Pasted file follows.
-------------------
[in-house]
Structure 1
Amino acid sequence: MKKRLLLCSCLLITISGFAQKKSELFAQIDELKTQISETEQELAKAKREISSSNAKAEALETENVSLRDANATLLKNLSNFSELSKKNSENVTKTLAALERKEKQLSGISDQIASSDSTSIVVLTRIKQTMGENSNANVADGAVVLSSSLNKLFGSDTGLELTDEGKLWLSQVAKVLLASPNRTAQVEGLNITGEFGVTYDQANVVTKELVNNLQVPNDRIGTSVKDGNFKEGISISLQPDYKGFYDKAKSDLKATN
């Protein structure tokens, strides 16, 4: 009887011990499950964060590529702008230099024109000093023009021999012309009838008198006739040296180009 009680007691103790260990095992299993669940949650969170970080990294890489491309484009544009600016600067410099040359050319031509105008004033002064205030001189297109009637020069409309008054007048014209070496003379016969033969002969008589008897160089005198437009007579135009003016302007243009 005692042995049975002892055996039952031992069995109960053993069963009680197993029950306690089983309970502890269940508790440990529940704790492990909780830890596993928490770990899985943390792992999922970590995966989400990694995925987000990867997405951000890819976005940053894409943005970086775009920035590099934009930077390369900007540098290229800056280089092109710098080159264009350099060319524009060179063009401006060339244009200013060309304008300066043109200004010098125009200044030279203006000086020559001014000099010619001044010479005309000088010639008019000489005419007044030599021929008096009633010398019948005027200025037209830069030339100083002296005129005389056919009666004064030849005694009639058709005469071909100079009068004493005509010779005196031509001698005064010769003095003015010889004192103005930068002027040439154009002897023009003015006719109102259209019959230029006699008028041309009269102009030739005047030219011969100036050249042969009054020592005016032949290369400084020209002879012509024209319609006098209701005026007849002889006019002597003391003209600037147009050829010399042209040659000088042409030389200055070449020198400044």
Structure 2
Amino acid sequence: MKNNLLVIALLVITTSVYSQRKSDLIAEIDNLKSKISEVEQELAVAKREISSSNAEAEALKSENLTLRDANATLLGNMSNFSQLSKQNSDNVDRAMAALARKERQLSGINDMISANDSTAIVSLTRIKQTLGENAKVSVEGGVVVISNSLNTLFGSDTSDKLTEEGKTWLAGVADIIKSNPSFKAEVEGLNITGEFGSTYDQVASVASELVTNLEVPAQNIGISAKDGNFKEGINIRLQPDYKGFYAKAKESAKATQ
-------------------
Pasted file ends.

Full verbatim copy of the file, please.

[in-house]
Structure 1
Amino acid sequence: MKKRLLLCSCLLITISGFAQKKSELFAQIDELKTQISETEQELAKAKREISSSNAKAEALETENVSLRDANATLLKNLSNFSELSKKNSENVTKTLAALERKEKQLSGISDQIASSDSTSIVVLTRIKQTMGENSNANVADGAVVLSSSLNKLFGSDTGLELTDEGKLWLSQVAKVLLASPNRTAQVEGLNITGEFGVTYDQANVVTKELVNNLQVPNDRIGTSVKDGNFKEGISISLQPDYKGFYDKAKSDLKATN
């Protein structure tokens, strides 16, 4: 009887011990499950964060590529702008230099024109000093023009021999012309009838008198006739040296180009 009680007691103790260990095992299993669940949650969170970080990294890489491309484009544009600016600067410099040359050319031509105008004033002064205030001189297109009637020069409309008054007048014209070496003379016969033969002969008589008897160089005198437009007579135009003016302007243009 005692042995049975002892055996039952031992069995109960053993069963009680197993029950306690089983309970502890269940508790440990529940704790492990909780830890596993928490770990899985943390792992999922970590995966989400990694995925987000990867997405951000890819976005940053894409943005970086775009920035590099934009930077390369900007540098290229800056280089092109710098080159264009350099060319524009060179063009401006060339244009200013060309304008300066043109200004010098125009200044030279203006000086020559001014000099010619001044010479005309000088010639008019000489005419007044030599021929008096009633010398019948005027200025037209830069030339100083002296005129005389056919009666004064030849005694009639058709005469071909100079009068004493005509010779005196031509001698005064010769003095003015010889004192103005930068002027040439154009002897023009003015006719109102259209019959230029006699008028041309009269102009030739005047030219011969100036050249042969009054020592005016032949290369400084020209002879012509024209319609006098209701005026007849002889006019002597003391003209600037147009050829010399042209040659000088042409030389200055070449020198400044």
Structure 2
Amino acid sequence: MKNNLLVIALLVITTSVYSQRKSDLIAEIDNLKSKISEVEQELAVAKREISSSNAEAEALKSENLTLRDANATLLGNMSNFSQLSKQNSDNVDRAMAALARKERQLSGINDMISANDSTAIVSLTRIKQTLGENAKVSVEGGVVVISNSLNTLFGSDTSDKLTEEGKTWLAGVADIIKSNPSFKAEVEGLNITGEFGSTYDQVASVASELVTNLEVPAQNIGISAKDGNFKEGINIRLQPDYKGFYAKAKESAKATQ